Sunday, May 31, 2015
It was cold when we started. About 45 degrees and raining. I signed up for the Olympic distance, which would mean spending about 2 1/2 hours in the rain.
The swim was actually pleasant; the water was substantially warmer than the air. The bike ride was more challenging. Several riders in front of me crashed painfully on a set of nearly invisible, unused railroad tracks. Rain coated my visor and made it tough to see. About 7 miles into the 26 mile course I splashed into a puddle that turned out to be a huge pothole. My water bottle ejected but I pressed on.
My ride suddenly got bumpier. Roads do that. Right? I looked down and noted that the pavement seemed pretty smooth. I pulled off to the side and saw that my rear tire was flat.
The flat wasn’t a problem; we keep spare parts on our bikes. The ten minute tire change was a problem though. I had gotten cold and the delay had destroyed my goal of finishing with an average bike speed of 20 MPH. I called it a day and headed in.
After some reflection, I realized that the day was a failure. Not from the tire, the pothole, or quitting early. Even before that. My two goals this race were to hang with some of my training partners, and the aforementioned 20+ speed. Both of those goals were intolerant of incidents such as a flat. A better approach would have been if I planned to set a personal record for an Olympic where I change a flat. Or, perhaps, a 20MPH bike leg omitting the mile where I changed the flat. In other words, in preparing for the race, it isn’t enough to put a flat kit on the bike. The flat kit needs to be partnered with a compelling, flat-tolerant goal in order to be truly useful.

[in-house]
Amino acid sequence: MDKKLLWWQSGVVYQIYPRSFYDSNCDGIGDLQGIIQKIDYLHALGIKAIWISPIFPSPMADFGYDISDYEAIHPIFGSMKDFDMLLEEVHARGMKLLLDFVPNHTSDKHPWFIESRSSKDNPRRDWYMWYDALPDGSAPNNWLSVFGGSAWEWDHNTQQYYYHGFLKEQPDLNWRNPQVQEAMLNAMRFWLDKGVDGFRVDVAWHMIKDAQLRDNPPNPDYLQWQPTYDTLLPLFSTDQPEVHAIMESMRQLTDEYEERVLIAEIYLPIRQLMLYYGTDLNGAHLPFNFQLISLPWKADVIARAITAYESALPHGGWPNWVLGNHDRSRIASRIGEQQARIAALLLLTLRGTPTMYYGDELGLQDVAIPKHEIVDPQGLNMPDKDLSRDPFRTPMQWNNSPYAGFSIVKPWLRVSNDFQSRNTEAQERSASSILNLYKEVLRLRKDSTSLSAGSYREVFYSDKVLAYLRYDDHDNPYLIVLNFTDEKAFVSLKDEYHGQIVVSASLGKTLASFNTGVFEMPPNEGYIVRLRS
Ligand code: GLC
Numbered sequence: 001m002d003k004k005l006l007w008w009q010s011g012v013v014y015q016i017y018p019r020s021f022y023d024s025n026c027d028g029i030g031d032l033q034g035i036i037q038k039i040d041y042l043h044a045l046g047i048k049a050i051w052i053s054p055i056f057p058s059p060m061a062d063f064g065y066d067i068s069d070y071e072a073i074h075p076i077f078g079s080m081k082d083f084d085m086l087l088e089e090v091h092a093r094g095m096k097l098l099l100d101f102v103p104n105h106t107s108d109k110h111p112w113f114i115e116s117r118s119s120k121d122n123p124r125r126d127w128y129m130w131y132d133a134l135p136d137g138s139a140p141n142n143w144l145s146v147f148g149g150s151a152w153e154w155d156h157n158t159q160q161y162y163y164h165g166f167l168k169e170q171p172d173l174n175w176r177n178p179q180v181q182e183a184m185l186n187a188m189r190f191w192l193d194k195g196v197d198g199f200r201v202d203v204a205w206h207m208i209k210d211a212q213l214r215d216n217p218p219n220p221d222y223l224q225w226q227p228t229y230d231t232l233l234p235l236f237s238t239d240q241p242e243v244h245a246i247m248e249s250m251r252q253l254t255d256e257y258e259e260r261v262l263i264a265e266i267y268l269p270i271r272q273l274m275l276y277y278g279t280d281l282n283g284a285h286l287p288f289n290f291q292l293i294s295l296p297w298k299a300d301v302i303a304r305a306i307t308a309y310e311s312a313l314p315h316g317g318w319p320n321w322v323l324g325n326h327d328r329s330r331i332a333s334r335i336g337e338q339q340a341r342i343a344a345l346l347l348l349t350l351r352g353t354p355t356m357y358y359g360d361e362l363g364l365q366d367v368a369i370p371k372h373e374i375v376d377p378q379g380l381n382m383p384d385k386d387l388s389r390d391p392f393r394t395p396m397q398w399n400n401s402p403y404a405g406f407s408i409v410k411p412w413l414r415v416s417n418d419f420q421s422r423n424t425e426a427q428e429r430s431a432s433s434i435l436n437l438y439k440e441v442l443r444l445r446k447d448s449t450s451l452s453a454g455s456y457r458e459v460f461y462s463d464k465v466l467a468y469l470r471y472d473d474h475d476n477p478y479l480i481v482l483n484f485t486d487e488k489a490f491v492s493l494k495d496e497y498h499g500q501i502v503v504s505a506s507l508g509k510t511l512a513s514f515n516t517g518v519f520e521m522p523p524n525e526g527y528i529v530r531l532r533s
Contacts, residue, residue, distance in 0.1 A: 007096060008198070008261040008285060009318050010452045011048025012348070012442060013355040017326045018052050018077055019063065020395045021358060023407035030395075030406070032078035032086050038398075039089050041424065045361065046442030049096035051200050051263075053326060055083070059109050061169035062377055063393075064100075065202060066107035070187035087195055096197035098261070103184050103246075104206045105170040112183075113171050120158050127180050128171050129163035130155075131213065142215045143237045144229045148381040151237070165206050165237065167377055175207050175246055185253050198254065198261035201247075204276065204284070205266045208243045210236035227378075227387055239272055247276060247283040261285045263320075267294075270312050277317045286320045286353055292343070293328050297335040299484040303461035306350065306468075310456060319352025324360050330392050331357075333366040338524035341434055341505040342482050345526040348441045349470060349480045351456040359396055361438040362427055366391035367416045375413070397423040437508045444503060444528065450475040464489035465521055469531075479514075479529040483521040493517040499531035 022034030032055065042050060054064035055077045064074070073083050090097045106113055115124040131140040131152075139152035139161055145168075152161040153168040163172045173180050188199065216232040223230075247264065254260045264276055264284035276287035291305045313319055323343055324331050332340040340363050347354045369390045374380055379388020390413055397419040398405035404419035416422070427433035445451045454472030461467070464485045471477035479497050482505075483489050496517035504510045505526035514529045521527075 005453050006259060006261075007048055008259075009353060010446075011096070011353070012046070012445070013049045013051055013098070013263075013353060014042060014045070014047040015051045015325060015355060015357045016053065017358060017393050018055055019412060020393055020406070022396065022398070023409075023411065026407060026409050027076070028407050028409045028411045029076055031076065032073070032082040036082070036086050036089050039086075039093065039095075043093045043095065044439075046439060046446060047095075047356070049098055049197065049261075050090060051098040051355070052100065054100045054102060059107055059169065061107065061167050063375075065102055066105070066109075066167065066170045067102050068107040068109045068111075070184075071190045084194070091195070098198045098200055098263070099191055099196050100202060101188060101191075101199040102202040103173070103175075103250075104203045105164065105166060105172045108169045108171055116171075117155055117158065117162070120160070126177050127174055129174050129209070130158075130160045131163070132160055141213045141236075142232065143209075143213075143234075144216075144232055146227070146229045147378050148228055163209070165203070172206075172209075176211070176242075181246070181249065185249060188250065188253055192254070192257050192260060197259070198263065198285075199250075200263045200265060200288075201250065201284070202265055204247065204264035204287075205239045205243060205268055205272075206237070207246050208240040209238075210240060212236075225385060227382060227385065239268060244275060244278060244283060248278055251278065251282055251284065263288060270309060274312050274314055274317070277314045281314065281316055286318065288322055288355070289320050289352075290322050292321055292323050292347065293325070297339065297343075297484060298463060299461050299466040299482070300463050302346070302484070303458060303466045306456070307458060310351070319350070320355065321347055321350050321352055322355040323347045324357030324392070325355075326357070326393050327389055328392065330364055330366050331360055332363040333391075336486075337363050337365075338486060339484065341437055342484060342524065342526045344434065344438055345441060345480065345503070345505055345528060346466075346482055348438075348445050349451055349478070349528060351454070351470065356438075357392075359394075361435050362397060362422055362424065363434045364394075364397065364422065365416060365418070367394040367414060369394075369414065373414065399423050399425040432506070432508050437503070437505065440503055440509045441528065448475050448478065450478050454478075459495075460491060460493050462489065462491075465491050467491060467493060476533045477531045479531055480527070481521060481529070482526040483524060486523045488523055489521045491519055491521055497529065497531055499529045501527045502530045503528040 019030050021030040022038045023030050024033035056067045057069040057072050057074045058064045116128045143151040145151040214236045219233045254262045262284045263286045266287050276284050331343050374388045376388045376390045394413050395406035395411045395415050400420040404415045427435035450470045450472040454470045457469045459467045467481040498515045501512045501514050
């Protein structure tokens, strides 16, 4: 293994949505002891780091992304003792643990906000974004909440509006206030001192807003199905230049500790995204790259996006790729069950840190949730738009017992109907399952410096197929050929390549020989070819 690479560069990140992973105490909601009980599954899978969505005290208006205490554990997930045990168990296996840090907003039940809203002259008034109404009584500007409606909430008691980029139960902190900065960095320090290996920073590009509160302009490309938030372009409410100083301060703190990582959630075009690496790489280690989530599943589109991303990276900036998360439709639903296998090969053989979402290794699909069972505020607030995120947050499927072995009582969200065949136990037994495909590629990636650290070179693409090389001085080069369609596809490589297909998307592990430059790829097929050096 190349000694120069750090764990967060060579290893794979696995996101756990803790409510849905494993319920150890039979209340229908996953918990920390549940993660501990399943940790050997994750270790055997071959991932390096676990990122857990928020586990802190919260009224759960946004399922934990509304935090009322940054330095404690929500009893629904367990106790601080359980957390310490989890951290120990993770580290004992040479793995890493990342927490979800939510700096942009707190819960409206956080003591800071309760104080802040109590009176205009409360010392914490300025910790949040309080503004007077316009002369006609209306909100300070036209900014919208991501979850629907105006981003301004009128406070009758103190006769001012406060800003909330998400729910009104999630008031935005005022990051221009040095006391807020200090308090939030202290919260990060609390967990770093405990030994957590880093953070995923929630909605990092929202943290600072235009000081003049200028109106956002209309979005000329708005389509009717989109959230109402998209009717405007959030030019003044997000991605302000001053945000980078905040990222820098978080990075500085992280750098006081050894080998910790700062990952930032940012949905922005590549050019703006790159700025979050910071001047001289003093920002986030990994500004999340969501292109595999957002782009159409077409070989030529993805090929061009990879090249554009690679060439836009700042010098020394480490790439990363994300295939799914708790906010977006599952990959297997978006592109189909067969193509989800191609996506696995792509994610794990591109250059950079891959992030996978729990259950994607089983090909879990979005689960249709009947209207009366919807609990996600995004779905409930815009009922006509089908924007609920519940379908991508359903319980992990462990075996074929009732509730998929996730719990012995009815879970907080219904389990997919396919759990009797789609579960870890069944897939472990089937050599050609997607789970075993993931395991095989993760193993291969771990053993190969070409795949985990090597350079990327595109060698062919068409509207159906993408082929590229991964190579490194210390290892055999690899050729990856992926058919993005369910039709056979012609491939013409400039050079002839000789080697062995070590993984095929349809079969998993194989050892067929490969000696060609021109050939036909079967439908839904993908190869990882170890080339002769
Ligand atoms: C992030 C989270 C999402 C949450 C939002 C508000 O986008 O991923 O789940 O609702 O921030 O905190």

This doesn’t just apply to cycling or racing. Having fault-tolerant, properly aligned goals is important in our business and personal lives too. How many businesses have we seen fail because they focus narrowly on profitability rather than their entire community? A small change in goal may have made all the difference for them.
Tuesday, May 5, 2015
Thursday, February 26, 2015
One of the big challenges faced by endurance athletes is estimating fueling requirements for long races. It's difficult to eat during intense exercise, and eating too much can have disastrous results. Eating too little will leave an athlete under-fueled during later portions of their race, which can lead to poor times or dropping out of the race. To help with this dilemma, endurance athletes train their bodies to consume fat more efficiently. The more fat we burn, the less carbohydrate we need to rely on. The problem, though, is that we need to gain a sense of how much fat we burn at various intensities in order to understand how we should fuel when we race. To answer this question, I turned to Spartan Performance for a VO2 max test.
Although finding the facility was a bit of a challenge, I need to note that Connie, Tyler, and Dr. Eisenmann were fantastic. Once I arrived for my appointment Tyler had me change (by the way, they have showers on-site). Next he took some baseline measurements for height and weight. After answering some questions they had me get on the bike where they fitted the heart rate monitor and head gear. The test works by measuring oxygen, carbon dioxide and the amount of exhaled air. A mouthpiece with a hose attached routes your breath through a machine. Although the setup can look a bit scary, it's pretty easy to get used to.